Field Sobriety Test
Driving symptoms such as weaving and lane straddling is enough suggestion for a police officer to suspect you are driving under the influence. Personal symptoms such as slurred speech and bloodshot eyes are further evidence of intoxication. But police officers will often conduct field sobriety tests (FSTs) to further determine intoxication.
FST’s are a series of exercises designed to test balance, coordination and divided attention. There are many different types of field sobriety tests but the more common ones are one-leg-stand, walk-and-turn, nystagmus (following an object like a pen or finger from side-to-side with your eyes), the Rhomberg test, hand-pat, finger-to-nose, fingers-to-thumb and alphabet recitation.
These tests have been scrutinized by researchers and studies funded by the National Highway Traffic Safety Administration have shown that only three field sobriety tests are effective in detecting a drunk driver: nystagmus, one-leg-stand and walk-and-turn. Law enforcement agencies across the nation have been recommending “standardized” battery of these three tests but law enforcement agencies in California have ignored this suggestion and use whatever tests they prefer. The accuracy of these tests has been repeatedly challenged in scientific studies and contrary to popular believe, they are not legally required. But keep in mind that if you choose to deny a field sobriety test, your consequences may worsen.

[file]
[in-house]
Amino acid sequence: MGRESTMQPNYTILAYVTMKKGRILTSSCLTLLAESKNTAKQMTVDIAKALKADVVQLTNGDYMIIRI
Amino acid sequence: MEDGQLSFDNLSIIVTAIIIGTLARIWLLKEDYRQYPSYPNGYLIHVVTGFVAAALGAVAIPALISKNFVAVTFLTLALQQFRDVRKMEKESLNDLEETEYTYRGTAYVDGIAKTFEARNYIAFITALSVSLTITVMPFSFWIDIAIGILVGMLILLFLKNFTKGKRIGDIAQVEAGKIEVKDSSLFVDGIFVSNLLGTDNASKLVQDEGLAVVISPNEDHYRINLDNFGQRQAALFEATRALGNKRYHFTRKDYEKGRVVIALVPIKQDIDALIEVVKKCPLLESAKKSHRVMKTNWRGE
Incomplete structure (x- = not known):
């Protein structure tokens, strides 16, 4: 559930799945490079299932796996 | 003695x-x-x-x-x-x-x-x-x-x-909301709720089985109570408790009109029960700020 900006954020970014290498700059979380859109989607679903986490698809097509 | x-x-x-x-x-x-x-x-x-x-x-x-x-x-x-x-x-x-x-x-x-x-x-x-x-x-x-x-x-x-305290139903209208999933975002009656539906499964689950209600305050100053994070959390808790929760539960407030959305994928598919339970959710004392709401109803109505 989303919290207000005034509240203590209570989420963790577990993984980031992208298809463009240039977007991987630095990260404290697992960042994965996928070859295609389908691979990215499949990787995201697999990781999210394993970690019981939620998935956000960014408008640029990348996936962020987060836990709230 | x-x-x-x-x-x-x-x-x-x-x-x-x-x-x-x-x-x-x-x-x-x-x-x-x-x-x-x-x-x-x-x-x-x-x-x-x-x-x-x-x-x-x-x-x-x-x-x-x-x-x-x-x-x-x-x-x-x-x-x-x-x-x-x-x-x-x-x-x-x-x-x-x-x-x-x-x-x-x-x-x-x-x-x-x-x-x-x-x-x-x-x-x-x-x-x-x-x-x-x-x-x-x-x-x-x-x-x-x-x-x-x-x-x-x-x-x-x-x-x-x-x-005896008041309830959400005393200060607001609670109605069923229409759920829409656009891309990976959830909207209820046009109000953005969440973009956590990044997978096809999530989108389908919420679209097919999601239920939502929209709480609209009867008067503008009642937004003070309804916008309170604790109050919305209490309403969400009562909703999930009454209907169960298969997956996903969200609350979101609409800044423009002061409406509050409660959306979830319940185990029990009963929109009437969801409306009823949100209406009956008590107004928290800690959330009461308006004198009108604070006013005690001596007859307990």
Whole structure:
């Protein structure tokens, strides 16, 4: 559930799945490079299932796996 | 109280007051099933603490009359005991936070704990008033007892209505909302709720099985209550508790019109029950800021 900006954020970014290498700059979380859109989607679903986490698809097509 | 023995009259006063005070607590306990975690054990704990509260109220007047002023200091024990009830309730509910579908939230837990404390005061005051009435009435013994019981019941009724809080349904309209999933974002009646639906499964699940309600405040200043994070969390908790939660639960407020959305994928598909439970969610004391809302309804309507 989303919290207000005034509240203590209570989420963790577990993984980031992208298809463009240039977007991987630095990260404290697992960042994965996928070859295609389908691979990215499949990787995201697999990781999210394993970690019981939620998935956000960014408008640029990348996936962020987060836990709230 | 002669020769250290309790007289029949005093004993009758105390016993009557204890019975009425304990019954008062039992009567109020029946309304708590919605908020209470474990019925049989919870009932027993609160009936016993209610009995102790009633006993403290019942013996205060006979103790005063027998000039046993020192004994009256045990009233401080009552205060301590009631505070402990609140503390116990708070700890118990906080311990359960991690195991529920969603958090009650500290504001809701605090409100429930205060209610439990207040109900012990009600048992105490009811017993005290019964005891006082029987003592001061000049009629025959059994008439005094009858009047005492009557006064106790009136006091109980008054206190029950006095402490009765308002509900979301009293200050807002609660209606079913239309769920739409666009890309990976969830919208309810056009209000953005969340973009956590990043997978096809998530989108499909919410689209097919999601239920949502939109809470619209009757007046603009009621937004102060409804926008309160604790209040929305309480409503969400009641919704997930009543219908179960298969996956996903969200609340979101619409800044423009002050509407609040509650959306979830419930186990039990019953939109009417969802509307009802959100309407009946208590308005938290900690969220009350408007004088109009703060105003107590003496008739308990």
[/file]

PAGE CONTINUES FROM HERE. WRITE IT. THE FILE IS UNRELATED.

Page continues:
In order to make sure the results from standard and non-standard tests hold up in court, officers must administer the tests in adequate lighting and on level, dry ground. Another factor that must be taken into consideration is that elderly and overweight people often have difficulty with these tests when sober, so determining their level of intoxication is even more difficult. Usually under these circumstances, officers will back up the field tests with a breathalyzer test. If you fail your field sobriety test, make sure to contact a lawyer immediately. There may be a huge disconnect between the outcome of the field sobriety test and implementing it to law enforcement.